Last week one of the program managers, who works with a segment of customers that is very experienced and well established on the newsgroups, communicated some of the complaints that his key influencers (primarily MVPs) had when he broached the subject of moving their newsgroup to our web-based forum solution. I’ll refrain from any actual quotes, but let’s just say that the general reaction wasn’t positive. Common complaints with the forums included:
And more. And more. What we were hearing from our top customers—people who have been participating in Microsoft mailing lists and newsgroups for years and years, was that forums were just a bad idea. Worse yet, they saw our move to forums as another example of Redmond-based arrogance…we weren’t listening to our customers and just decided what was best for them.
We did a few things wrong here, and they all center around one key point: the new forums hosted on http://forums.microsoft.com are not newsgroup replacements, nor were they ever intended to be. You know, two flavors of the same ice cream? I like coffee, you like tea…that kind of thing. The real goal with the forums is to create another community channel for peer-to-peer support that reaches a huge segment of customers that we’ve never reached before—people who have never used Usenet, or didn’t like its experience. Our experience so far with the MSDN Forums shows that this group of customers was being largely neglected in the past. We have over 50,000 registered users on the MSDN site, posting over 2,500 questions a week. Last year at this time, this channel didn’t even exist. In the same time, the Microsoft newsgroups have declined in post volume around 8%...the exact same amount that they fell from 2004 to 2005. Meaning—the forums aren’t poaching users from the newsgroups. They are bringing brand-new people into the mix of a Microsoft community.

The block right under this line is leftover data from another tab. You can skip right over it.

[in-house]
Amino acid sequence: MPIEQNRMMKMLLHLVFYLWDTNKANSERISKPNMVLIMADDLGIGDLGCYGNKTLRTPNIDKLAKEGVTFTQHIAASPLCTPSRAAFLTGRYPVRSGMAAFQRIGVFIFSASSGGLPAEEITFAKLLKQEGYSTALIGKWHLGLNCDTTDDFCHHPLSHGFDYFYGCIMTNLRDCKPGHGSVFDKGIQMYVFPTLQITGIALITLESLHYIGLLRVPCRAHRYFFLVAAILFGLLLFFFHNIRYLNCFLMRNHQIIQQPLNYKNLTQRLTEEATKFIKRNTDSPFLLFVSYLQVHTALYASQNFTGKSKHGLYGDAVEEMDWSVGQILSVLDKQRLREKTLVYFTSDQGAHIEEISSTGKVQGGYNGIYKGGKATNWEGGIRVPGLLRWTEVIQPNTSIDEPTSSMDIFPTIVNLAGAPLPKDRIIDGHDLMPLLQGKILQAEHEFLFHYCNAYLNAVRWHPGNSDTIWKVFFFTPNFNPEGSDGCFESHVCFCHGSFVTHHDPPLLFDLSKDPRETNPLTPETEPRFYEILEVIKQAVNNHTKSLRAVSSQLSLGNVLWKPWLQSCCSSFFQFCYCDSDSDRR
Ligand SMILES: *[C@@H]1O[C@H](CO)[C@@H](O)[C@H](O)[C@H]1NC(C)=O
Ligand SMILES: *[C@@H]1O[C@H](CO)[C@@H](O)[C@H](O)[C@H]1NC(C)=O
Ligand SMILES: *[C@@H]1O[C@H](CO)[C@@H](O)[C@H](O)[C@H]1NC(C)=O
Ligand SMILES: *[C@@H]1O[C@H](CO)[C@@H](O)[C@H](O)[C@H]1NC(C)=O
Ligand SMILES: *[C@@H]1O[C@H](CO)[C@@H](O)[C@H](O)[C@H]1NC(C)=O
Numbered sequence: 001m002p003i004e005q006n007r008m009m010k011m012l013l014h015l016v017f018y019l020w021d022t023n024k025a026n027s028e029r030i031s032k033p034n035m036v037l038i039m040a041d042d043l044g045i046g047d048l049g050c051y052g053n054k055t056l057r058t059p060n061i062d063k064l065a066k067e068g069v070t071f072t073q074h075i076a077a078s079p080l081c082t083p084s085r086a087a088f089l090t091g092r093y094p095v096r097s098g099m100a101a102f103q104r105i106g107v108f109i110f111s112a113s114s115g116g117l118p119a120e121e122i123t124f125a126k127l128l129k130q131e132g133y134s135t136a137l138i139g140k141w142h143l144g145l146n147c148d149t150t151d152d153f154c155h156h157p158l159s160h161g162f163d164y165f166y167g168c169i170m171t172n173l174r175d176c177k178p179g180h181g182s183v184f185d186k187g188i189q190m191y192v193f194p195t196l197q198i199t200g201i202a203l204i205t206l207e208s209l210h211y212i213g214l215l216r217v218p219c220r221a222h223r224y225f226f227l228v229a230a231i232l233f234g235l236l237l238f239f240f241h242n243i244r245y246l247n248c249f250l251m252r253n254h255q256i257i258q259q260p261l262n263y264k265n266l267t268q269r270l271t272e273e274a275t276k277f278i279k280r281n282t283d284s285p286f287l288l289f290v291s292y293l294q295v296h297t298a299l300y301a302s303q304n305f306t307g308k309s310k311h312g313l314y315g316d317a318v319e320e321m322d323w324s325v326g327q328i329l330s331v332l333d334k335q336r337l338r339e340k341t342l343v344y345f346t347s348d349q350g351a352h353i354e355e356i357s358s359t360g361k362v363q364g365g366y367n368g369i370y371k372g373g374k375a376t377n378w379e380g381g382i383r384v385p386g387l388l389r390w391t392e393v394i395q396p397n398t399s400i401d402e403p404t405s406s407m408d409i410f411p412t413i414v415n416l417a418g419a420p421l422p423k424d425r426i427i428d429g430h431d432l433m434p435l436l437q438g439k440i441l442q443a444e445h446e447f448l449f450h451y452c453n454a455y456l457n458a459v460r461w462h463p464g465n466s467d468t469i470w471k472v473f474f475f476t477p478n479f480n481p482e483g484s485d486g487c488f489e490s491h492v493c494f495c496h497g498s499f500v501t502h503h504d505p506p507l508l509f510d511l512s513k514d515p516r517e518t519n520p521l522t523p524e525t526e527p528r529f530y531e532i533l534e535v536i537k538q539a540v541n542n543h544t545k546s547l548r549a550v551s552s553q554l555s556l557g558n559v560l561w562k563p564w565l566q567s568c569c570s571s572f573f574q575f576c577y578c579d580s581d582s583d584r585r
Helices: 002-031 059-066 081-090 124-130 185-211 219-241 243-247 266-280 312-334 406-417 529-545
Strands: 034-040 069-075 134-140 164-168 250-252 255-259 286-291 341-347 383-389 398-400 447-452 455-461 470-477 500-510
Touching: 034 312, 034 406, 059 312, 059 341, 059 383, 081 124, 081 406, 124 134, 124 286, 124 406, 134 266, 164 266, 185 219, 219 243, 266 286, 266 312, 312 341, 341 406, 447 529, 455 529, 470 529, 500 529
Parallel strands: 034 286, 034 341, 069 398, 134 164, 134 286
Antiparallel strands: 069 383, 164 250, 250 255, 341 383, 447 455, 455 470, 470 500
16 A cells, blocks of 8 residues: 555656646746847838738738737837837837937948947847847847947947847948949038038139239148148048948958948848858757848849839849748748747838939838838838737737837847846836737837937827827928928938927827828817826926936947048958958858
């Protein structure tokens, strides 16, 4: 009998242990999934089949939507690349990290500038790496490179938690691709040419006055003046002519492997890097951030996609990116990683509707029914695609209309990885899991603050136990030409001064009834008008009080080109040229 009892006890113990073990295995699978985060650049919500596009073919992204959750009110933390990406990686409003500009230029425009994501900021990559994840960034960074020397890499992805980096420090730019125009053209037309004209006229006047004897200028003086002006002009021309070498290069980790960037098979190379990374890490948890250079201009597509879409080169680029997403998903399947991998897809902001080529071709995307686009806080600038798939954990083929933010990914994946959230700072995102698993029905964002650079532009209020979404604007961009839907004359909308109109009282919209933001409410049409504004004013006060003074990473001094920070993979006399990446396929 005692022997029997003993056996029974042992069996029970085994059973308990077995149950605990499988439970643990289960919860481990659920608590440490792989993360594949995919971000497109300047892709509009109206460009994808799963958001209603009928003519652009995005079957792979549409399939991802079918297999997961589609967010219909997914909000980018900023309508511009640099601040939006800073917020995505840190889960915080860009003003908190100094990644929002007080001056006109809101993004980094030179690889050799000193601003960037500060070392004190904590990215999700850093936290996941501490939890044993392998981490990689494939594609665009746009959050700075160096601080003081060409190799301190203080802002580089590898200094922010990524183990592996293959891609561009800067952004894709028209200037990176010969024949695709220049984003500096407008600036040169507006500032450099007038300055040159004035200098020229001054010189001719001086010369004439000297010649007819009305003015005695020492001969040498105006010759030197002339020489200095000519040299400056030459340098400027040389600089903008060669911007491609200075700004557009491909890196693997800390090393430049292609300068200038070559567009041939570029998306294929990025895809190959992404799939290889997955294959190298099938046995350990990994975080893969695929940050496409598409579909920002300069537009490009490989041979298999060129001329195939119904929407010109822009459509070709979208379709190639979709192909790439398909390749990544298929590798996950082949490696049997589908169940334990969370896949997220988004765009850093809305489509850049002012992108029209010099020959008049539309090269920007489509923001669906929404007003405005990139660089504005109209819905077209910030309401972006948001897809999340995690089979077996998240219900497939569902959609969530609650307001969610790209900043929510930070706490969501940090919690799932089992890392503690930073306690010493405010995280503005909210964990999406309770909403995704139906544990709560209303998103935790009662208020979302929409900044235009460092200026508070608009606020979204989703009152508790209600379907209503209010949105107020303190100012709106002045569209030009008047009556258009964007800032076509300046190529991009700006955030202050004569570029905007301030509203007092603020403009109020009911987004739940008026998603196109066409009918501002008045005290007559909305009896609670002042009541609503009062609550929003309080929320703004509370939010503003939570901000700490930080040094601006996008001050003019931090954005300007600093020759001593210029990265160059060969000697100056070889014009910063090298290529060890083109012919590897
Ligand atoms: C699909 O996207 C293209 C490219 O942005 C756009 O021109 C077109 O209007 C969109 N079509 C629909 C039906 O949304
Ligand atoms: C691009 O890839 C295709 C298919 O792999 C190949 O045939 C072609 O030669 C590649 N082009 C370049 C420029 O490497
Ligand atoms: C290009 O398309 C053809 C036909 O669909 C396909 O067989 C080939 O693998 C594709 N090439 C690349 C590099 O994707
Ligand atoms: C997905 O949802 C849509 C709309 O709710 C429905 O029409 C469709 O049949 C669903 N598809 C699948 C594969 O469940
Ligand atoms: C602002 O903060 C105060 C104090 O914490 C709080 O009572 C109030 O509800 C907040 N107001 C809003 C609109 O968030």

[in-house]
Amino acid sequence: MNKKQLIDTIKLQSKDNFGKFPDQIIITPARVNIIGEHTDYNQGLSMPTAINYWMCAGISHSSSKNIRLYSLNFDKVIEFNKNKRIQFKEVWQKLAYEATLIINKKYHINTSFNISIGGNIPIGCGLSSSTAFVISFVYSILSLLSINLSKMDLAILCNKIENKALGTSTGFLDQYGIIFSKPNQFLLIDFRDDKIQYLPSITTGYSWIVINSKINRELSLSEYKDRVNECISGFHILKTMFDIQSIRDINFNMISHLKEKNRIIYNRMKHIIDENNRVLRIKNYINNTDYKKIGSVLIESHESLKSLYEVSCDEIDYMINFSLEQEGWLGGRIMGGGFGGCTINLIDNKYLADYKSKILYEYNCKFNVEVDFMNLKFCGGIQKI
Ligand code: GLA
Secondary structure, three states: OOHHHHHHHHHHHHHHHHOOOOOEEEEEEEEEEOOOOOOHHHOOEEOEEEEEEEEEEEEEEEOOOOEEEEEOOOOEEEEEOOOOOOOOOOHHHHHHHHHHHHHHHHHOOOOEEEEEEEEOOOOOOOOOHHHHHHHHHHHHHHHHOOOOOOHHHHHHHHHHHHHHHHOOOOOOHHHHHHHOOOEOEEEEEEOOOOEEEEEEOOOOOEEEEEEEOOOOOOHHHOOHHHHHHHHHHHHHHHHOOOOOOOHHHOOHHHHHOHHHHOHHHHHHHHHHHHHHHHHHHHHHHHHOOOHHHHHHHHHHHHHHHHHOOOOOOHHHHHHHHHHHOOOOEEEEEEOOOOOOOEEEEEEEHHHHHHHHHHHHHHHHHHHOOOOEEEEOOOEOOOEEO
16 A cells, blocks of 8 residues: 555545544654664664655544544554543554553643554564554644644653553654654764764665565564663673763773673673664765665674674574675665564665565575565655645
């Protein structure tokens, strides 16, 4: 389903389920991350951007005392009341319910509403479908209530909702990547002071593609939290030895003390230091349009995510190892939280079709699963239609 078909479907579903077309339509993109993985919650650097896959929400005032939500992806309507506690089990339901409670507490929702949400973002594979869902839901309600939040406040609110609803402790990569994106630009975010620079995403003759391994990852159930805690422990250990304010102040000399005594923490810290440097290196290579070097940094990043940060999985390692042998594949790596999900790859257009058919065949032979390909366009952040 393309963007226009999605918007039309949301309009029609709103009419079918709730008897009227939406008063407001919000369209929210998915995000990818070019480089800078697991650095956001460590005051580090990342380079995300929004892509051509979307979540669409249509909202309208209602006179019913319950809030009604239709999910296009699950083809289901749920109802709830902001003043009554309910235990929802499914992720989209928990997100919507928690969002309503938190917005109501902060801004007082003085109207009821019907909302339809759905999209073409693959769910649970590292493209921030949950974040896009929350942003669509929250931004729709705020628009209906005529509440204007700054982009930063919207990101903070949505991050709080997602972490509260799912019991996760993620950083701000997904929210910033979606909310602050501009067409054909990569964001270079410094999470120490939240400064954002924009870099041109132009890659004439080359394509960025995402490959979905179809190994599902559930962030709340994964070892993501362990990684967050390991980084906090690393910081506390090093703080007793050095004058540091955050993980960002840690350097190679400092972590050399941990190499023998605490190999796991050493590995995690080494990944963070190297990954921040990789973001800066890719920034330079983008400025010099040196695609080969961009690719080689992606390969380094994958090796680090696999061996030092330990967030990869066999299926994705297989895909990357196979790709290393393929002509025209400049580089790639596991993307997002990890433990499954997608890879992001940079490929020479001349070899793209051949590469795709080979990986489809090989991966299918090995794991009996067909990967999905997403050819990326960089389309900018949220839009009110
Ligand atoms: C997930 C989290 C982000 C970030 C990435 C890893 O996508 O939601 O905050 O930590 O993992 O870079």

Why? Well, despite the fact that a lot of the complaints above are valid…there’s also quite a bit to like about our forums solution:
Obviously I’m biased towards the forums, but I really do believe that having the two channels living side-by-side helps us reach our entire customer base with peer-to-peer support. What do you think?
Edit (2/22/06, 1:30 PM): Josh Ledgard just reminded me of a great post he had on this same topic about a year ago. Funny...it looks like his post was provoked by some angry email as well... :) http://blogs.msdn.com/jledgard/archive/2005/04/17/409057.aspx